Permanent agriculture

Date last updated: 19/12/2018

Permanent agriculture

Date last updated:

The authors:

Jean-Pierre Sarthou,

Foreign equivalent(s):

Permaculture (fr)

Permanent agriculture is defined as an integrated and progressive production system inspired by natural ecosystems. It is also an ethical way of thinking and a philosophy. It is built around ‘the triple-win solutions’ which are taking care of the Earth, taking care of people and sharing resources fairly. Permaculture is usually mentioned together with vegetable cropping, gardening and kitchen gardening.

The concept of permanent agriculture was invented in 1970 in Australia by Bill Mollison and David Holmgren. They were inspired by the work of the Japanese Masanobu Fukuoka. At first, permanent agriculture was thought as a resilient, stable and sustainable production system. In that respect, the goal was to produce food without damaging soils while reducing waste. To succeed, the crops are diversified and adapted to local conditions such as temperature, humidity and soil. Permanent agriculture is mainly based on the use and the promotion of biodiversity around and on the farm. Farmers also try to be as autonomous and self-sufficient as possible by implementing a low-energy system. Thus, with this kind of agriculture it is possible to be productive along with using new technologies.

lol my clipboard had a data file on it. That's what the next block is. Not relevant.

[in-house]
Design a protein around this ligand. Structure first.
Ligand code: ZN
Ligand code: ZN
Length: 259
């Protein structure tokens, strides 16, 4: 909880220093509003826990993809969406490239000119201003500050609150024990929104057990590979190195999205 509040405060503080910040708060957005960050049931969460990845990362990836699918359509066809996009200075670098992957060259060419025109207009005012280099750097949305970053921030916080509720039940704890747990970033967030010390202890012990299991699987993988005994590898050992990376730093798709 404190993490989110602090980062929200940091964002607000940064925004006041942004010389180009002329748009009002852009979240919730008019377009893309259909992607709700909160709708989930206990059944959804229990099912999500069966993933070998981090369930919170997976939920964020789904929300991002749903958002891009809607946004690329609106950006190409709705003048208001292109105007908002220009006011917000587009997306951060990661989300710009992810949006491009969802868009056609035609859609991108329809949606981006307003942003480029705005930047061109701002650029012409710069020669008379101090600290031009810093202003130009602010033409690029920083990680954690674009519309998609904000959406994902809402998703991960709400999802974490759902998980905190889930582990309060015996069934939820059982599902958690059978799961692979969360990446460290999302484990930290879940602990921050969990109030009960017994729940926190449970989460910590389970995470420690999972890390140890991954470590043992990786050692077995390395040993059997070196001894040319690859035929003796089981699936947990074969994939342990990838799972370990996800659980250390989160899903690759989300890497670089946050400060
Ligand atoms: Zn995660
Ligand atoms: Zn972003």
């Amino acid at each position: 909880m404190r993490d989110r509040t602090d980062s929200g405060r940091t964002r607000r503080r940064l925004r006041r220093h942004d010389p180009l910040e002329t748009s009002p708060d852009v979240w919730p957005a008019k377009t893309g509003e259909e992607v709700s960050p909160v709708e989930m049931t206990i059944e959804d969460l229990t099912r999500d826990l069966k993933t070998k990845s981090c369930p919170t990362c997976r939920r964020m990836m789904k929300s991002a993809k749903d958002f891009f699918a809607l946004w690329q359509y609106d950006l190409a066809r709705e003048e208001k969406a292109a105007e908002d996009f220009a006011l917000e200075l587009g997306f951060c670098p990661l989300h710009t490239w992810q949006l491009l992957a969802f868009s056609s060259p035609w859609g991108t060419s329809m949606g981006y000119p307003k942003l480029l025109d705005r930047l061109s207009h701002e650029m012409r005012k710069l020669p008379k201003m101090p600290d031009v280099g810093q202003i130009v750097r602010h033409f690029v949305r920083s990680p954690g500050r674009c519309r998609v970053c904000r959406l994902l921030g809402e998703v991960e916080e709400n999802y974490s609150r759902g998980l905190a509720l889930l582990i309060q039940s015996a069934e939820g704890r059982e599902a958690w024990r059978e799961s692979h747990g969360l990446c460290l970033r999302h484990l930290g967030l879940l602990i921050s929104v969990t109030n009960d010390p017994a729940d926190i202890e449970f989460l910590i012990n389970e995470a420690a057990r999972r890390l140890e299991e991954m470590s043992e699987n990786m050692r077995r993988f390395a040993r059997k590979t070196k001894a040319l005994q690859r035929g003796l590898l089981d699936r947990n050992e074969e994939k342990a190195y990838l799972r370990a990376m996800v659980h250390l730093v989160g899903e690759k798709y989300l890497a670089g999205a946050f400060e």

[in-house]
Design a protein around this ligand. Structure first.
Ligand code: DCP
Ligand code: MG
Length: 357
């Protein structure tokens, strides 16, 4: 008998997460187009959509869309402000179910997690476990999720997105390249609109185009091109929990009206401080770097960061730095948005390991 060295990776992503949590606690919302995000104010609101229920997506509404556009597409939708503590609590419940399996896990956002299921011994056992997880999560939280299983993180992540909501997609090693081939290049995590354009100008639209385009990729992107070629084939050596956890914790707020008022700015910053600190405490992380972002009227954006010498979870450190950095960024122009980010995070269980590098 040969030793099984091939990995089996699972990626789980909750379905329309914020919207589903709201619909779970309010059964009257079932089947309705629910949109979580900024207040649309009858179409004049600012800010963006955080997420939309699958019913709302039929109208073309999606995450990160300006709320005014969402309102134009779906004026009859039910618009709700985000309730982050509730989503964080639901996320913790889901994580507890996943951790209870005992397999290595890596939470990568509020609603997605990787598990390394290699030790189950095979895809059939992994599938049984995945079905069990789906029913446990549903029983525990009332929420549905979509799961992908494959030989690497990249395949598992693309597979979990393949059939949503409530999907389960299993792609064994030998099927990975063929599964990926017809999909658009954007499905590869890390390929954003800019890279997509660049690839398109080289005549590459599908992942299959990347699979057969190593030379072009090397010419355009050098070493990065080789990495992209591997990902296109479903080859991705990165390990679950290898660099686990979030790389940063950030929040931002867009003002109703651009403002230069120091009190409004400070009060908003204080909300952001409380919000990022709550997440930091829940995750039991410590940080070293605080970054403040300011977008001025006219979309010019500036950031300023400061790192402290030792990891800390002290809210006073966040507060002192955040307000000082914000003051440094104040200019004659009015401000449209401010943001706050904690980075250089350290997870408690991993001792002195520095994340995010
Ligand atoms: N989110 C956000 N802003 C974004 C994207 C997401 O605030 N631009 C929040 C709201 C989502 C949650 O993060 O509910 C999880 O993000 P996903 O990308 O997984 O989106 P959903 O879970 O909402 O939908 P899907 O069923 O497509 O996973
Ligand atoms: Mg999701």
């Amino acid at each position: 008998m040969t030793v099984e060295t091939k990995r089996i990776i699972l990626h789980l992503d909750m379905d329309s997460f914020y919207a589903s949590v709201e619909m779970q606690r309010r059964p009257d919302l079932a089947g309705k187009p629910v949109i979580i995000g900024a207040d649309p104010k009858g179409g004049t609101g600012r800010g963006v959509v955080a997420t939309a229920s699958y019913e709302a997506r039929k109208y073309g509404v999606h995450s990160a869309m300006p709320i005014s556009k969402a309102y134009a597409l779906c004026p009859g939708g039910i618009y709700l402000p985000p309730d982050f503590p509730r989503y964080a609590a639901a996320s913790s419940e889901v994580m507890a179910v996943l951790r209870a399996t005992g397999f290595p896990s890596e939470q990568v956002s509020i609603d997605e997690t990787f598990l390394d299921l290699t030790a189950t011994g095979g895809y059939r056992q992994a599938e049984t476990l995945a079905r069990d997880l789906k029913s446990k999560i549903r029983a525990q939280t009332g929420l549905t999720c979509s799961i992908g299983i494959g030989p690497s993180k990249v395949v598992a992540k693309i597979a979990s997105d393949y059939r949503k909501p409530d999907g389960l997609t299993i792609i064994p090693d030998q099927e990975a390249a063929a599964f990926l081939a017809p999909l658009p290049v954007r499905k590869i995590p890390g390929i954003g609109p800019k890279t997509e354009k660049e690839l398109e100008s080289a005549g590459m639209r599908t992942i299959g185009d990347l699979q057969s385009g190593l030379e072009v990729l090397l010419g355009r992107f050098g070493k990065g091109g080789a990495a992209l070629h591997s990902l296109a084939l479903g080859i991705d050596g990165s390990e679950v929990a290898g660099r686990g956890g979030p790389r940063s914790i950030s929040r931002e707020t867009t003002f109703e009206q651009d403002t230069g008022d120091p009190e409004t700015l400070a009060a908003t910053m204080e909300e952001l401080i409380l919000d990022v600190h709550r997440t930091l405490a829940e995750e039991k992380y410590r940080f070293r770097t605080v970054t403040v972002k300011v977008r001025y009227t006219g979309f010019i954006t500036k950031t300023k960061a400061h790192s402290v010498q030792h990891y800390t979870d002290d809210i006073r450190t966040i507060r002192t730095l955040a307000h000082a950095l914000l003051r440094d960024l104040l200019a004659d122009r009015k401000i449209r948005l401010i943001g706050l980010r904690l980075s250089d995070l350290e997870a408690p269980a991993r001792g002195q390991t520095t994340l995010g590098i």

Moreover, permanent agriculture is usually linked to a sustainable society because people who use it try to include a social aspect in their work. They can implement for example eco-building, renewable energies, new ways of communication and new economic principles such as circular economy. Permanent agriculture is therefore ‘energetically, ecologically and socially efficient’.

To conclude, there are many ways to practise permanent agriculture but they all include organic agriculture and agroecological concepts. Farmers who use permanent agriculture believe they go further than the ones who use organic farming, inasmuch as they include the environment more globally (they are inspired by natural ecosystems) as well as ethic and philosophic dimensions.

Crédit photo : CC BY NC SA Aria Nadii, Flickr

References to explore

Gifford D. 2009. Farms for the Future – What Is Permaculture? Small Footprint Family.

Greentumble. 2015. What is Permaculture Farming? Website, read 22nd January 2019.

Holmgren D. 2018. About Permaculture. Holmgren Permaculture Design (blog). Website, read 22nd January 2019.

Permaculture Visions. 2018. Difference Between Organic Gardening and Permaculture. Website, read 22nd January 2019.

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